What is a VPS? The term VPS, or Virtual Private Server, can be defined as a virtual machine or container configured to operate as a physical computer under virtualization software on a dedicated server. You would interact with a VPS just as you would a physical, dedicated server.
Read on to better understand VPS hosting and whether it’s the right choice for you:
Here’s a detailed definition of a VPS that explains more about how it works. As mentioned earlier, a VPS works by running its own operating system (OS) in an allotted portion of a physical server’s storage or disk drive space and memory resources such as RAM. This is accomplished with type 1 or 2 kinds of hypervisor software (e.g. Virtuozzo or VirtualBox respectively) which divides the physical server into dozens, sometimes hundreds, of virtual systems.
This gives your VPS most of the same features of a dedicated server, excluding the ability to modify the kernel (most users don’t care to do that anyway). Each VPS hosts its own files, databases, and settings.
If you’re having trouble seeing how it works, think of townhouses. There is one overall physical structure which is broken down into separate units. While the residents technically inhabit and manage their own areas, none of them have access to anyone else’s personal belongings or living space. With townhouses, there are things that have to be shared such as parking space. The same goes for a VPS. Your data is guaranteed to be yours to configure, but some resources such as CPU cores and processing power or SSD storage space are allocated to be shared with others or restricted to make room for others within the physical server.
It’s important to understand your needs before selecting a web hosting plan. We assist our customers with migrating to a different plan, but researching your options can save you a lot of time and energy. Do you need a particular Linux operating system (OS)? Do you need WebHost Manager (WHM) to manage customers with individualized cPanel accounts or domain names? Do you need root access? These are just some of many factors that can help you decide what’s best for you.
The type of web hosting you choose for your business can make or break your website. In a world that demands speed, reliability, and security, you can’t risk having a site that isn’t up to par for visitors. In fact, 47% of consumers expect a webpage to load in 2 seconds or less before they bounce.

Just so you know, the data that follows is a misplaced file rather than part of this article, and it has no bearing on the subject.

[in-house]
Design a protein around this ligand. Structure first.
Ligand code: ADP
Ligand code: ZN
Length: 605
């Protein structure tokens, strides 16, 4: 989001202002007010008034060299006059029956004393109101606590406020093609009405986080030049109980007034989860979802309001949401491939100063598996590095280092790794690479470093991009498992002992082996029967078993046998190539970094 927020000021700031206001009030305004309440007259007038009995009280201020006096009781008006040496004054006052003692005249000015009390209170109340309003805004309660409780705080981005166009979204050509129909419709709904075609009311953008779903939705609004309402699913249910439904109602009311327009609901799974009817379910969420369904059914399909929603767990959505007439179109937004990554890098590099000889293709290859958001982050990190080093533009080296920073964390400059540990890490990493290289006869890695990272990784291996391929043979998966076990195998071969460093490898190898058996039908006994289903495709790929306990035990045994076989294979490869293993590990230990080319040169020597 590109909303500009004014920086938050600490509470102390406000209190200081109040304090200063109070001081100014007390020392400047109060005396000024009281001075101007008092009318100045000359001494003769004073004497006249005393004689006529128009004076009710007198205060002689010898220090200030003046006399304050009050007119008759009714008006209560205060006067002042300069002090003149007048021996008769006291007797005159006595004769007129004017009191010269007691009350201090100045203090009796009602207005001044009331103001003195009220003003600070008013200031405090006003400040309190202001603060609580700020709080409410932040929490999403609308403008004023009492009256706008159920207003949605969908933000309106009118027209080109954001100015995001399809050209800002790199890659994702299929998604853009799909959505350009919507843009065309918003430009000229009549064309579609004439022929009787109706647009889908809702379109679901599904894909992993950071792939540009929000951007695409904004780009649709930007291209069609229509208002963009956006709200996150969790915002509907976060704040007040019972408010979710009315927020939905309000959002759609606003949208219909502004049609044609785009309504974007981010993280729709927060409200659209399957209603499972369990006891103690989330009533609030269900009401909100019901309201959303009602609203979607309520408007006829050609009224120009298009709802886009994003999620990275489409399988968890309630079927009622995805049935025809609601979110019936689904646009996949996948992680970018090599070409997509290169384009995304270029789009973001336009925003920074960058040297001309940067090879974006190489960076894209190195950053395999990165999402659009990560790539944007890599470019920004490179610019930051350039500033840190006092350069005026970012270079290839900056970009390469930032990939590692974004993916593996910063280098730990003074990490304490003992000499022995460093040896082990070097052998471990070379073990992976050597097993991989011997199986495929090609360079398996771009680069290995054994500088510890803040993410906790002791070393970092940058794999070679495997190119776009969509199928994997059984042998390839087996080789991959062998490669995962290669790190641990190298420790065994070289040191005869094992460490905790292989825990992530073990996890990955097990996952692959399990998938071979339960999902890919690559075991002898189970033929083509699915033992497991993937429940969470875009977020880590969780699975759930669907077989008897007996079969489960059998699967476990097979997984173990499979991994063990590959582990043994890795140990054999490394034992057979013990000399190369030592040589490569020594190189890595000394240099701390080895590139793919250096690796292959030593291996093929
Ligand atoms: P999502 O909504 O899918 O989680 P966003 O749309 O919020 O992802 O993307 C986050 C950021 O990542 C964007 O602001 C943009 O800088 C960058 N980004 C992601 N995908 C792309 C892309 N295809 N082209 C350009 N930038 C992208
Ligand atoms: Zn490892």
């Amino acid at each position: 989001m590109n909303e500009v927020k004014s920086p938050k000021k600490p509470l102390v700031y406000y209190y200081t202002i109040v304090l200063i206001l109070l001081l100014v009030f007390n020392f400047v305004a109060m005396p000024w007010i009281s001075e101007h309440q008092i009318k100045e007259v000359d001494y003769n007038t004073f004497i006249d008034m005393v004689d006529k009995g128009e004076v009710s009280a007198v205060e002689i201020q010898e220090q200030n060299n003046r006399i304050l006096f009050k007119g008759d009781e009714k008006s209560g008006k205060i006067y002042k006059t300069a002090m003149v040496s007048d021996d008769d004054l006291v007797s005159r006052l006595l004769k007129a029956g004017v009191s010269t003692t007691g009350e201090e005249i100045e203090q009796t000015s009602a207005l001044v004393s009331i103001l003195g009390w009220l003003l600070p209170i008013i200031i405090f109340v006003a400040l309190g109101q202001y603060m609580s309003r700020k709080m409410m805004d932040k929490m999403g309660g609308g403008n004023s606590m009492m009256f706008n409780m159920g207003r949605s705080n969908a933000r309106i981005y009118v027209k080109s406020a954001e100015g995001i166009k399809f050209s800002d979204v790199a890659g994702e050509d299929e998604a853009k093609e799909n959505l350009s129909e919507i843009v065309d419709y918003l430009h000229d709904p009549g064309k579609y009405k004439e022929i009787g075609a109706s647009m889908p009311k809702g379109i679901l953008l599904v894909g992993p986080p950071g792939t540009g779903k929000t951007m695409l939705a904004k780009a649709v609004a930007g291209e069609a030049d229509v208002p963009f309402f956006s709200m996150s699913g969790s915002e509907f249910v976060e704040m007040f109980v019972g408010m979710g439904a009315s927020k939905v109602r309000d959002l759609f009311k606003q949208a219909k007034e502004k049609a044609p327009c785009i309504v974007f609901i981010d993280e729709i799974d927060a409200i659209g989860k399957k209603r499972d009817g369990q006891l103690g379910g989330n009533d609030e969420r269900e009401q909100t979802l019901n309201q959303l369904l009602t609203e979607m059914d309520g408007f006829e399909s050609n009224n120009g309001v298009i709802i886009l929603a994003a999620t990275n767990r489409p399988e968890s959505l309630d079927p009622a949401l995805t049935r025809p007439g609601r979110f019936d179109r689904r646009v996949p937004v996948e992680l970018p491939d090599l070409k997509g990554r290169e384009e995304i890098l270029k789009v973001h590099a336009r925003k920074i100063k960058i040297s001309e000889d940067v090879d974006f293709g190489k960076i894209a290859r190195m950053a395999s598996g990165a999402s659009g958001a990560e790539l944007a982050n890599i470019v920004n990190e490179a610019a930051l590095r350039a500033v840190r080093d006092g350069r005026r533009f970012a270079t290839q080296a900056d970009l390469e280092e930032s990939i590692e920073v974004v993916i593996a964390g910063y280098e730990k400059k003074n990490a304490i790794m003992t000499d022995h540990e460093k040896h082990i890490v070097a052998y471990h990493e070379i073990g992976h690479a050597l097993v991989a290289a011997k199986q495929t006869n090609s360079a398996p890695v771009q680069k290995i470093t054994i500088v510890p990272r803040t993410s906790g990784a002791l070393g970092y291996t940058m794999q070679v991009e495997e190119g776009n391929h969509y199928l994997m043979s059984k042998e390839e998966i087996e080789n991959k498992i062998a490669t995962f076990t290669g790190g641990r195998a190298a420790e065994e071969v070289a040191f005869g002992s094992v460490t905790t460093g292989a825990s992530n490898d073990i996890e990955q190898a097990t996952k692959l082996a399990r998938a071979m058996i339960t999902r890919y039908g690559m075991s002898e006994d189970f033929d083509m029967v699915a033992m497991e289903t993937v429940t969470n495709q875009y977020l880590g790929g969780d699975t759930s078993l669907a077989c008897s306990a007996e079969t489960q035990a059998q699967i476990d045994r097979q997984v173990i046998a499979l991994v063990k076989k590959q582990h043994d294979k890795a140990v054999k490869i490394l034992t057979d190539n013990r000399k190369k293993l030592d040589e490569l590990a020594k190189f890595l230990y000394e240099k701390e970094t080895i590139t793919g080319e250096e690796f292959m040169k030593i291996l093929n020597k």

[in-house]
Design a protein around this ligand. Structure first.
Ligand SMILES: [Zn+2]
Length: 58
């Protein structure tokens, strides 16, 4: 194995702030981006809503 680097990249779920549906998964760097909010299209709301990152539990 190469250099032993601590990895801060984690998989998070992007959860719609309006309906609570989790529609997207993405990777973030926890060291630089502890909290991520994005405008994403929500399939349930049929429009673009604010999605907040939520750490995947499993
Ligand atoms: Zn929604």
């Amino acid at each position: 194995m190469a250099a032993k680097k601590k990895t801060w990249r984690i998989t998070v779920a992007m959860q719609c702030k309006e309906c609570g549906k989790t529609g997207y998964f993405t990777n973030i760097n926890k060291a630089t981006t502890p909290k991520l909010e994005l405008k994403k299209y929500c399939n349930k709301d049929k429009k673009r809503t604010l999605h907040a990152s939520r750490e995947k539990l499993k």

This is how VPS hosting can help you keep visitors on site and stay within your budget. It is a cost-effective way for eCommerce “webpreneurs”, startups, and bloggers to gain more processing power than a shared hosting site without the price of a dedicated server.
If your business has grown large enough that you’ve outgrown shared hosting, you might find yourself feeling overwhelmed with the many upgrade options. If you’re the average small business owner or C-level executive, you might not understand the difference between the various options, beyond your website’s base requirements to function.
A VPS server is used for a lot more than a static website in most cases:
Learn more about what you can do with Linux VPS hosting.
To clarify, the main difference between a VPS and Linux is that one is a server platform, while the other is a type of operating system that can be installed on both servers and personal computers. Comparing a VPS to Linux is like comparing Michelin tires to Toyota automobiles, the two are not mutually exclusive and represent distinct aspects of a larger whole. Think of a VPS or computer as the automobile, and the operating system (Linux) as the tires.
This guide focuses on the Linux virtual private server because we’re a Linux web hosting company. However, any operating system (OS) can be installed on a VPS. For example, there are Windows VPS hosting providers. IT / IM college students will likely interact with a virtual Windows instance at some point in their curriculum.
What makes Linux so great? Linux OSs are free, stable, and well supported by so many essential applications today (proprietary and open-source).
You may have seen different VPS product terms during your research:
Though each of the six terms may seem like different products, there are only two in this case: managed and unmanaged. Both products have key differences worth noting.
A managed VPS, sometimes emphasized as “fully” managed VPS, uses pre-installed server administration software on a predetermined OS. It’s usually cPanel, the most popular system administration (sysadmin) software today, on a CentOS server. This is sometimes called cPanel VPS Hosting.
WebHost Manager (WHM) is the application that manages a group of cPanel accounts. The ability to separate sites and applications between cPanel accounts serves various use cases:
There are Linux web hosting companies that use DirectAdmin, or Virtualizor instead.
The other four terms from the above list mean the same thing — there’s no pre-installed software to manage the VPS. It’s unmanaged. The VPS is not restricted to a single application and OS. It’s sometimes called a cloud server because it’s bare and flexible. You’ll usually have the option to “re-OS” the server between at least the latest CentOS, Debian, and Ubuntu long term support (LTS) releases.
Core server management tasks are now your responsibility. But your server requires less resources to provision, deploy and maintain. Therefore, cloud servers generally cost much less than managed VPS hosting plans which include licenses for enterprise software such as cPanel in the cost structure. It requires advanced skills in:
For these reasons, one of the cons of unmanaged VPS hosting is that it’s generally only recommended for users capable of and willing to resolve any issues deemed specific to their VPS setup. That being said, it allows for greater customization and control over the system and is often preferred by experienced web developers and sysadmins.
To learn more, see our article on Managed VPS or Cloud Server Hosting.